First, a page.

Indiana's Richard Lugar became the second Senate Republican yesterday to announce
he would vote to confirm Elena Kagan to the Supreme Court. He didn't mince words, either, calling Kagan "clearly qualified
to serve" and saying she has "demonstrated a
comprehensive knowledge of court history and decisions." When is a Republican "yes" vote on a Democratic president's nominee newsworthy? According to the howls of a few Lugar supporters, this is the last straw.
Primary Target! Conservative Indiana bloggers like Michael Jezierski of HoosierAccess.com were quick to register their displeasure with the five-term senator, who is next up for reelection in 2012.
Senator Lugar is no longer the Republican we all once supported, and we deserve better representation in the Senate from a true conservative and not a Marion County RINO. It’s pretty obvious that Senator Lugar only plans to retire horizontally so the only way to retire him is to defeat the senior senator in the 2012 GOP Primary. There’s plenty of conservative talent in Indiana, and one of them is fully capable of a primary challenge to the RINO senator.
Indiana Conservatives Not Happy The Kagan vote already has conservatives in Indiana pressuring Lugar to step down, writes Maureen Groppe of the Indianapolis Star. State Senator Mike Delph called Kagan "out of step with Main Street Indiana." American Family Association of Indiana director Micah Clarke was even more blunt: "Senator Lugar needs to retire and allow new representation in Washington, D.C., just as the junior senator from Indiana is doing."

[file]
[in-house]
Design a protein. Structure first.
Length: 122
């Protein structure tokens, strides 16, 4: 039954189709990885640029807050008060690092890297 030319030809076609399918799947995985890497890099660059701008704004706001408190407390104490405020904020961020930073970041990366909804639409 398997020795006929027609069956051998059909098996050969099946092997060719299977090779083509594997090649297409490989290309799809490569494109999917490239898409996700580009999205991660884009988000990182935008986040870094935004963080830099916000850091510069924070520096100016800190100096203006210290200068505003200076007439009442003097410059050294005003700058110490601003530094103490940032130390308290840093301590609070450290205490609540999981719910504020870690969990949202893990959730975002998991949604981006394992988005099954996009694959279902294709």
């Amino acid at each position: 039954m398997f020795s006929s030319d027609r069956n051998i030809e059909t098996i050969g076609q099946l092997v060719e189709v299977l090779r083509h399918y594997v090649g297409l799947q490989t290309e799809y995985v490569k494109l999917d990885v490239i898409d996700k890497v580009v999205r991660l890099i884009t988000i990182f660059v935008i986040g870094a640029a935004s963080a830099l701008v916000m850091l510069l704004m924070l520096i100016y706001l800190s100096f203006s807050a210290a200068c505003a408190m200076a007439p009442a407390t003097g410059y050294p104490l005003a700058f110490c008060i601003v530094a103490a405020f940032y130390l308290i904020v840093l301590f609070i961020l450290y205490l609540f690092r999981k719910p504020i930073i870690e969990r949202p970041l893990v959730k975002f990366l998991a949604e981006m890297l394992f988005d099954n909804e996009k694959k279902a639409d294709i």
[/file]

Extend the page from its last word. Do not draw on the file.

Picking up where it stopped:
- But Was This a Surprise? Julie Hirschfeld Davis's AP report is careful to note that Lugar was also "one of seven Republicans who voted to confirm Kagan last year as solicitor general." USA Today's Joan Biskupic adds that Lugar was also "one of the nine GOP senators who broke party ranks last year and voted for President Obama's first Supreme Court appointee, Sonia Sotomayor."
- In This Climate, Maybe Commenting that it's "sad ... that this is news," Patrick Edaburn at The Moderate Voice expresses nostalgia for the "pre Bork days," when confirmations were less partisan. Julie Hirschfeld Davis observes that "Lugar's announcement is the latest in what's expected to be a trickle of support among the Senate's band of GOP moderates for [Kagan]."
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